A neurologist and author talks about how teenagers are more prone to risky behavior and addiction because their brains are still developing.
Changing Attitudes About Sports Injuries
Throw some dirt on it. That is what a lot of coaches and even some parents would say to young football players who looked like they had suffered a minor injury. Throwing up on the sidelines? Just part of the game. Shake out the cobwebs and get back on the field.
But the attitude about injuries especially those that could signal a concussion or a brain issue is rapidly changing. The National Football League recently reached a $765 million settlement with former players over concussion-related lawsuits, and this week, two University of Arizona football players announced their college careers were over earlier than planned because of concussions.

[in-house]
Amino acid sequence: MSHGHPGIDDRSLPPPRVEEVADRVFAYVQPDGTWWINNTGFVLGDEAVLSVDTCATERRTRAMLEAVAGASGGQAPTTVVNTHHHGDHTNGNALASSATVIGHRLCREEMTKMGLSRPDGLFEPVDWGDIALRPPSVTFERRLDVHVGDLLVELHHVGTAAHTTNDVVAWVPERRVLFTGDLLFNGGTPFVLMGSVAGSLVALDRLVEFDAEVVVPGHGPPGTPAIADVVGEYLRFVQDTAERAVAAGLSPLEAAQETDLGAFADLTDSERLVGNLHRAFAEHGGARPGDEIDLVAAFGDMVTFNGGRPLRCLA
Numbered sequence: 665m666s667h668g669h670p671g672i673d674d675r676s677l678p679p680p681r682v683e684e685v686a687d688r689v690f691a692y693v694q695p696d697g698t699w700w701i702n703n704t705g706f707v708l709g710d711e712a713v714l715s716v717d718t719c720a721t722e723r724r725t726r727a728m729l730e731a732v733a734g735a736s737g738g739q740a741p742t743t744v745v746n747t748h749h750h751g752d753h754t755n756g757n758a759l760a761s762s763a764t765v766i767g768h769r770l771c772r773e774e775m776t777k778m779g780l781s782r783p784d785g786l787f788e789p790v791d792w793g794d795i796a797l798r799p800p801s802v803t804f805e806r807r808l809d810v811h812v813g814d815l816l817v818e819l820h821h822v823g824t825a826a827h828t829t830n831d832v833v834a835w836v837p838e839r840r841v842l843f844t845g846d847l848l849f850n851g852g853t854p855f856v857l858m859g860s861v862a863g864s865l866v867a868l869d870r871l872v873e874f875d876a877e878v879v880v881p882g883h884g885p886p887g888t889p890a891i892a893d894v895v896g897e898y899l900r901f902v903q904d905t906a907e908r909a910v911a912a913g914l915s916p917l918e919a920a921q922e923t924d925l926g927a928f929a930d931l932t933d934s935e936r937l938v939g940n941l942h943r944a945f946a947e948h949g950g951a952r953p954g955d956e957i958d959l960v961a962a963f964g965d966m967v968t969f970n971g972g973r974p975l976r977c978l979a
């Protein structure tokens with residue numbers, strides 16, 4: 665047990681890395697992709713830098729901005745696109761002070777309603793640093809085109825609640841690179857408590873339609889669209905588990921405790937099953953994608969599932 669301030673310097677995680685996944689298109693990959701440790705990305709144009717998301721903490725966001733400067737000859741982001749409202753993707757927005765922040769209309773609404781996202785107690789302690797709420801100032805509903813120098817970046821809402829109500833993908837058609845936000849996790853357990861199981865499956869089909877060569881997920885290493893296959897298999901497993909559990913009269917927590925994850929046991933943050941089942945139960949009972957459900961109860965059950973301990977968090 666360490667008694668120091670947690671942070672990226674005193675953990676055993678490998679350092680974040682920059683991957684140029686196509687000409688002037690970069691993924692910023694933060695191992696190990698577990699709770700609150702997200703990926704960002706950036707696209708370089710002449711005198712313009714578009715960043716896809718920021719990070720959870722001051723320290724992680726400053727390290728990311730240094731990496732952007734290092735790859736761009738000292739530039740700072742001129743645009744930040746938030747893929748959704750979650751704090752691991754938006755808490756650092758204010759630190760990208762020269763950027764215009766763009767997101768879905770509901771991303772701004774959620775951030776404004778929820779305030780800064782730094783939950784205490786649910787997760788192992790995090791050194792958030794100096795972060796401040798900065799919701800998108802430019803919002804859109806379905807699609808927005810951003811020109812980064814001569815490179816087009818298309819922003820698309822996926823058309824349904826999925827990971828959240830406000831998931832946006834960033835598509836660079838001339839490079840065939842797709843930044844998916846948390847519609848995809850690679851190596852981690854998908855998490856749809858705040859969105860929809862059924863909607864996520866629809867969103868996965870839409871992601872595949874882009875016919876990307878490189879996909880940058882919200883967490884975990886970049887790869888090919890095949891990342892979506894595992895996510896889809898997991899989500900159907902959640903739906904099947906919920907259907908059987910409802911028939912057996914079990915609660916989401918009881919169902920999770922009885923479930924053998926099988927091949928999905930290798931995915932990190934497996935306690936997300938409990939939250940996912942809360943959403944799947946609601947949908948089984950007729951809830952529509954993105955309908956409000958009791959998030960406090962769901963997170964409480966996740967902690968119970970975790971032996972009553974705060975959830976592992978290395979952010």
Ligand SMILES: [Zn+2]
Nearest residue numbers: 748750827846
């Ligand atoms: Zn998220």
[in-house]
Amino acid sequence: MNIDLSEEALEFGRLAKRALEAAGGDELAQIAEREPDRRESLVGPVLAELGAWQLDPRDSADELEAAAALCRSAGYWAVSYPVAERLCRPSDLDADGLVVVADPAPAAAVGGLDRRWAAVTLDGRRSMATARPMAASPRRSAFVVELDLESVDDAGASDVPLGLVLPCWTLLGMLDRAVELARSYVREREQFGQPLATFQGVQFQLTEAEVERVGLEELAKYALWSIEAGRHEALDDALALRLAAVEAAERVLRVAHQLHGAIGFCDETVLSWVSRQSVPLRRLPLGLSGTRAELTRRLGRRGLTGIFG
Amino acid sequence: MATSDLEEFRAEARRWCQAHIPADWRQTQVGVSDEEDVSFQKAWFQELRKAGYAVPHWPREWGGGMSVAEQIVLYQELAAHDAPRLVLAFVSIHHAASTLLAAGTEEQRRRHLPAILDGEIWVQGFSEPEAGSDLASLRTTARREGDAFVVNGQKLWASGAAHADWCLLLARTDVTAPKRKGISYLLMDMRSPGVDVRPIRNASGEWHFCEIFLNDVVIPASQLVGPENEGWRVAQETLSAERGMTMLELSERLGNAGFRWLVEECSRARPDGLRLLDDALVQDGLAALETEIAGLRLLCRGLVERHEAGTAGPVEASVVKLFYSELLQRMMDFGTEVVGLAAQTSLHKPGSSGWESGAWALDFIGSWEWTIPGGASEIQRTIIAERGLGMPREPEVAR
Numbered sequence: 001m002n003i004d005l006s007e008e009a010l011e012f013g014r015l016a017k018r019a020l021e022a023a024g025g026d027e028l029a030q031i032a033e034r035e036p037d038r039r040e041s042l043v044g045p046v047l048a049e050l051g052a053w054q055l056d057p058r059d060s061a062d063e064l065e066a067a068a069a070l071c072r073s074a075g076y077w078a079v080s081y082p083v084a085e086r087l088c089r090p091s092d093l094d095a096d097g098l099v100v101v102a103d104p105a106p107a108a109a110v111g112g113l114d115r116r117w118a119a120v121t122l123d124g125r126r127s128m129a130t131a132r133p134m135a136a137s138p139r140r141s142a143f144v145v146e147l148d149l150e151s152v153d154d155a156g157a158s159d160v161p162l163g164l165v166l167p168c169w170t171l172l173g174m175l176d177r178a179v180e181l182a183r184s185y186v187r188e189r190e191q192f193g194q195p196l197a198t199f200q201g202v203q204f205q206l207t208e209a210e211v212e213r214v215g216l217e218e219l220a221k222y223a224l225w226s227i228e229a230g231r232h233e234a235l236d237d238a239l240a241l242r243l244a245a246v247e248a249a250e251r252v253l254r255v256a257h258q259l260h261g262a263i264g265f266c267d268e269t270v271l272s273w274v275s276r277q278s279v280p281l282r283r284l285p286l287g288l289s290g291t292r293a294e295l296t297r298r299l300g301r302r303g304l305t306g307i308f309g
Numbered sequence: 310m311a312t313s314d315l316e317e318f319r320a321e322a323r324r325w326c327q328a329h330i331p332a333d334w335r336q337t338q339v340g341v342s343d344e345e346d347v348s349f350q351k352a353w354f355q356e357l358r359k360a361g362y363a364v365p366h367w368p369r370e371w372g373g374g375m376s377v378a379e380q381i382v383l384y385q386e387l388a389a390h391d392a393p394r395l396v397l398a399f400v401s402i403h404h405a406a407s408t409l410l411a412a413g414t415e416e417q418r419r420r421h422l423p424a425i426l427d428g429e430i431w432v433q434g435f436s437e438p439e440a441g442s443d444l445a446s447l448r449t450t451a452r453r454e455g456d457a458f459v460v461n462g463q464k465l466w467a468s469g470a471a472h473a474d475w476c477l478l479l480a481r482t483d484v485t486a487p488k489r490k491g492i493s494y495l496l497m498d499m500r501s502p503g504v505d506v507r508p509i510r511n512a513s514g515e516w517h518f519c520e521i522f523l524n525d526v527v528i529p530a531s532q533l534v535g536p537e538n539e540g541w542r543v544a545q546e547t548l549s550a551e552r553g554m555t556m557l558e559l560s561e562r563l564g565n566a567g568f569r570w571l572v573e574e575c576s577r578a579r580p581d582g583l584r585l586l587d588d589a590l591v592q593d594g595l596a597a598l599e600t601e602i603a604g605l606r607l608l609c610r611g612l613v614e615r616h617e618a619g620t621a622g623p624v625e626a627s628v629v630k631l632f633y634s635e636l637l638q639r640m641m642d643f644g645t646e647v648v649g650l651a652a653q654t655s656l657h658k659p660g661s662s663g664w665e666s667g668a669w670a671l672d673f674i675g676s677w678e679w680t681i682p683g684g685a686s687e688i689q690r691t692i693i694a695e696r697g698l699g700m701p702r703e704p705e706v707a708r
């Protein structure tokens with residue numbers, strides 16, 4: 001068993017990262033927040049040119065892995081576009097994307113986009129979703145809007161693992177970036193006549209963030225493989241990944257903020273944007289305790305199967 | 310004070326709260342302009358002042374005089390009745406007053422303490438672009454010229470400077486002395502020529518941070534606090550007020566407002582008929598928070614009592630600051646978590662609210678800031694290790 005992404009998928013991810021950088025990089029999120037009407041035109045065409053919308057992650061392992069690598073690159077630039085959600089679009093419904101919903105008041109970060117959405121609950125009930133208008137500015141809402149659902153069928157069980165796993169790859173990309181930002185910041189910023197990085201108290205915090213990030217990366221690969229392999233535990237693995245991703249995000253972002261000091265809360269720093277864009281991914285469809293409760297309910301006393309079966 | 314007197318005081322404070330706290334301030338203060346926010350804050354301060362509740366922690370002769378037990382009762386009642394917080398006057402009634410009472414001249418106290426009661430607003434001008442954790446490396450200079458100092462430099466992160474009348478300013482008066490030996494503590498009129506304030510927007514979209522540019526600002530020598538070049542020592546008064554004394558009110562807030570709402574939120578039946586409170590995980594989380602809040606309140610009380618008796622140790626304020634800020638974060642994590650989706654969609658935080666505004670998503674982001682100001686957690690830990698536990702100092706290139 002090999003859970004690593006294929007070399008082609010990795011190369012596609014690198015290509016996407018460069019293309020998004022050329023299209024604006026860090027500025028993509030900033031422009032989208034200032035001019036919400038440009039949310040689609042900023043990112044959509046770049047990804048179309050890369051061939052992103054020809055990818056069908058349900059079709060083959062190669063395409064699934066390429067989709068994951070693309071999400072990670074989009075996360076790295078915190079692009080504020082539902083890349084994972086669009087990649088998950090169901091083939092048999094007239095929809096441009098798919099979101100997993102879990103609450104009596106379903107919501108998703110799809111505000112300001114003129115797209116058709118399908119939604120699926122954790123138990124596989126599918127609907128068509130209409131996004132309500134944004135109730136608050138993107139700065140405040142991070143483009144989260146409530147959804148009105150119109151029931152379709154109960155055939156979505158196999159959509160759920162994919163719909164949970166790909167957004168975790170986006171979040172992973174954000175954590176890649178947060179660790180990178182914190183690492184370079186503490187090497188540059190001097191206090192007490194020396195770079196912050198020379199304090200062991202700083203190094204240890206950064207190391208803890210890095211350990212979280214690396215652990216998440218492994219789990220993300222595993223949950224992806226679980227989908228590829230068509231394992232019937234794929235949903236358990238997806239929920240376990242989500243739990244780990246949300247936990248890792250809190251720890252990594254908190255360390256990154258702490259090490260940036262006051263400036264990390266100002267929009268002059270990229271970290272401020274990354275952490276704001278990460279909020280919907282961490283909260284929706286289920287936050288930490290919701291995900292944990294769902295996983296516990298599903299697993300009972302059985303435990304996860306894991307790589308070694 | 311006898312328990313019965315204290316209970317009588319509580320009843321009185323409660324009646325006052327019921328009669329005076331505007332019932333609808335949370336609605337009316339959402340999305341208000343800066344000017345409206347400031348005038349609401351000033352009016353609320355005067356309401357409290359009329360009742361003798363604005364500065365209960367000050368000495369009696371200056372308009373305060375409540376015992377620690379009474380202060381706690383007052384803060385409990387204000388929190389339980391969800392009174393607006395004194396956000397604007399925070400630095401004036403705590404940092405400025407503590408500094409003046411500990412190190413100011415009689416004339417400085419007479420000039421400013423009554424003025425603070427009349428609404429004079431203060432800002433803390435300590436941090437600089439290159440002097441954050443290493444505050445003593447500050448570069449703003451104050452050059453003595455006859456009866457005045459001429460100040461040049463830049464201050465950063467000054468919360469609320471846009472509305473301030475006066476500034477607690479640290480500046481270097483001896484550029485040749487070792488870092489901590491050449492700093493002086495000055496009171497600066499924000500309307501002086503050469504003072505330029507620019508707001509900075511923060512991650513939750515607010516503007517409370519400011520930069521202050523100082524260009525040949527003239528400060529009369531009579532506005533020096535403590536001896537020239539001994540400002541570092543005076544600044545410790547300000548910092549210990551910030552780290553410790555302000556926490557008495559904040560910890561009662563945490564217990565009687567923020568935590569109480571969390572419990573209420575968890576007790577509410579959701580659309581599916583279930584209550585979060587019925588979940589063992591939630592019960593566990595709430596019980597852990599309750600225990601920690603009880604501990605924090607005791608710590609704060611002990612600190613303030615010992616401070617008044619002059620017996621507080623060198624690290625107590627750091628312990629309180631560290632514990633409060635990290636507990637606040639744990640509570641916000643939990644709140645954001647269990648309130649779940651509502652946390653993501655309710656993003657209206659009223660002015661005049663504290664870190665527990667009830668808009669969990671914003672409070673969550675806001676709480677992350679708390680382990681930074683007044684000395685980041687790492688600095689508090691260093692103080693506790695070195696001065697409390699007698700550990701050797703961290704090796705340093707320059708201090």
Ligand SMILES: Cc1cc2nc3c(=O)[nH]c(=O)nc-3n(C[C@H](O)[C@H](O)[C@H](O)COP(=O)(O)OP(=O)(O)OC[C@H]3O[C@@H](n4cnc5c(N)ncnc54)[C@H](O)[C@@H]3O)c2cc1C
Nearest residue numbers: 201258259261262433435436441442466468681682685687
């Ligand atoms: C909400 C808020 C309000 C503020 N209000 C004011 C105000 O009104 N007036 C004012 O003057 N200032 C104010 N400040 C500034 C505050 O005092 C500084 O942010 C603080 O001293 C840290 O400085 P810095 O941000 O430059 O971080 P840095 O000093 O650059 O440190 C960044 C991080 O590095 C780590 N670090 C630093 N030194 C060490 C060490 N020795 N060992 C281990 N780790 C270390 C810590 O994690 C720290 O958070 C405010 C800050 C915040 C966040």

Dr. Jonathan Lifshitz is an associate professor in the Department of Child Health at the U of A’s College of Medicine in Phoenix. He worked with football players when he was at the University of Kentucky’s Spinal Cord and Brain Injury Research Center.